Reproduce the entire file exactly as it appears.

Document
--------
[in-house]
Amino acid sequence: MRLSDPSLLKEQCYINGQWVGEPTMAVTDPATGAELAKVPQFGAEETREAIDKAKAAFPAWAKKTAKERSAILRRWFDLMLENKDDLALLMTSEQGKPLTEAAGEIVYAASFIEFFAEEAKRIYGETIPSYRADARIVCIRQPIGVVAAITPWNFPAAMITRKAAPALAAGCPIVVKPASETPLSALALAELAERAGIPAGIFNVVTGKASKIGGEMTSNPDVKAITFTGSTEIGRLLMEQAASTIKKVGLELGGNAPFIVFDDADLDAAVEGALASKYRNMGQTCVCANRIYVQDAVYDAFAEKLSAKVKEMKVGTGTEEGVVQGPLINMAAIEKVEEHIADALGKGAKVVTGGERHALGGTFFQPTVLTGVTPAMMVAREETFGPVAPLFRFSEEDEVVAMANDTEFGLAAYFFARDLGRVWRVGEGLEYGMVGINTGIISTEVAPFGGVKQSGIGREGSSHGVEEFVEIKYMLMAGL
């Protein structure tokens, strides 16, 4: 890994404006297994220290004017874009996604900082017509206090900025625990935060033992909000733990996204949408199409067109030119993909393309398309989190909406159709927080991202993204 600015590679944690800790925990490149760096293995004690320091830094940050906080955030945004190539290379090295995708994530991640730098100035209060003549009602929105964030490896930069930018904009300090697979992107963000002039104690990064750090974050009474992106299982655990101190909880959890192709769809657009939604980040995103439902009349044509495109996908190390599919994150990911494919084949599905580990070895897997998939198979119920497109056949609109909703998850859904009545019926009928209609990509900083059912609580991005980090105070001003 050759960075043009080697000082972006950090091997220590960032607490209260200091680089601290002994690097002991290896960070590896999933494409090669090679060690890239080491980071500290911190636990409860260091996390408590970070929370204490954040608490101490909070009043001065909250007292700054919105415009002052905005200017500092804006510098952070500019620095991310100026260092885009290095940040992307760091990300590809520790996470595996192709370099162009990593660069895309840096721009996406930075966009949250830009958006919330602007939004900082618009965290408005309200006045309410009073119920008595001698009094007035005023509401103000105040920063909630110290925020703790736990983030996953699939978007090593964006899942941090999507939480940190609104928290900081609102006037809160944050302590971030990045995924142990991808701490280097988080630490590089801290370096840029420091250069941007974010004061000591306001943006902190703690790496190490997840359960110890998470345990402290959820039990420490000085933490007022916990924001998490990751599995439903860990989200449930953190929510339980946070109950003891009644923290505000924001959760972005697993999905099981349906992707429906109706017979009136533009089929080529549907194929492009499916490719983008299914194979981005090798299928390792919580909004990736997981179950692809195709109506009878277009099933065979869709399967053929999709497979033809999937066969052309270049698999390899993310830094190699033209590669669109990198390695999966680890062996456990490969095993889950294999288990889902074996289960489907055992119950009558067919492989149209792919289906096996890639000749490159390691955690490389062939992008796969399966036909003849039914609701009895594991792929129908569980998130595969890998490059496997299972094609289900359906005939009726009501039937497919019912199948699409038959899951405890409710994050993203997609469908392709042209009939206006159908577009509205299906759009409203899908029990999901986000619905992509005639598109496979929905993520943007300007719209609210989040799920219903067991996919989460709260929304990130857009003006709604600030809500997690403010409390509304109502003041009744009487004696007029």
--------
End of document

[in-house]
Amino acid sequence: MRLSDPSLLKEQCYINGQWVGEPTMAVTDPATGAELAKVPQFGAEETREAIDKAKAAFPAWAKKTAKERSAILRRWFDLMLENKDDLALLMTSEQGKPLTEAAGEIVYAASFIEFFAEEAKRIYGETIPSYRADARIVCIRQPIGVVAAITPWNFPAAMITRKAAPALAAGCPIVVKPASETPLSALALAELAERAGIPAGIFNVVTGKASKIGGEMTSNPDVKAITFTGSTEIGRLLMEQAASTIKKVGLELGGNAPFIVFDDADLDAAVEGALASKYRNMGQTCVCANRIYVQDAVYDAFAEKLSAKVKEMKVGTGTEEGVVQGPLINMAAIEKVEEHIADALGKGAKVVTGGERHALGGTFFQPTVLTGVTPAMMVAREETFGPVAPLFRFSEEDEVVAMANDTEFGLAAYFFARDLGRVWRVGEGLEYGMVGINTGIISTEVAPFGGVKQSGIGREGSSHGVEEFVEIKYMLMAGL
């Protein structure tokens, strides 16, 4: 890994404006297994220290004017874009996604900082017509206090900025625990935060033992909000733990996204949408199409067109030119993909393309398309989190909406159709927080991202993204 600015590679944690800790925990490149760096293995004690320091830094940050906080955030945004190539290379090295995708994530991640730098100035209060003549009602929105964030490896930069930018904009300090697979992107963000002039104690990064750090974050009474992106299982655990101190909880959890192709769809657009939604980040995103439902009349044509495109996908190390599919994150990911494919084949599905580990070895897997998939198979119920497109056949609109909703998850859904009545019926009928209609990509900083059912609580991005980090105070001003 050759960075043009080697000082972006950090091997220590960032607490209260200091680089601290002994690097002991290896960070590896999933494409090669090679060690890239080491980071500290911190636990409860260091996390408590970070929370204490954040608490101490909070009043001065909250007292700054919105415009002052905005200017500092804006510098952070500019620095991310100026260092885009290095940040992307760091990300590809520790996470595996192709370099162009990593660069895309840096721009996406930075966009949250830009958006919330602007939004900082618009965290408005309200006045309410009073119920008595001698009094007035005023509401103000105040920063909630110290925020703790736990983030996953699939978007090593964006899942941090999507939480940190609104928290900081609102006037809160944050302590971030990045995924142990991808701490280097988080630490590089801290370096840029420091250069941007974010004061000591306001943006902190703690790496190490997840359960110890998470345990402290959820039990420490000085933490007022916990924001998490990751599995439903860990989200449930953190929510339980946070109950003891009644923290505000924001959760972005697993999905099981349906992707429906109706017979009136533009089929080529549907194929492009499916490719983008299914194979981005090798299928390792919580909004990736997981179950692809195709109506009878277009099933065979869709399967053929999709497979033809999937066969052309270049698999390899993310830094190699033209590669669109990198390695999966680890062996456990490969095993889950294999288990889902074996289960489907055992119950009558067919492989149209792919289906096996890639000749490159390691955690490389062939992008796969399966036909003849039914609701009895594991792929129908569980998130595969890998490059496997299972094609289900359906005939009726009501039937497919019912199948699409038959899951405890409710994050993203997609469908392709042209009939206006159908577009509205299906759009409203899908029990999901986000619905992509005639598109496979929905993520943007300007719209609210989040799920219903067991996919989460709260929304990130857009003006709604600030809500997690403010409390509304109502003041009744009487004696007029």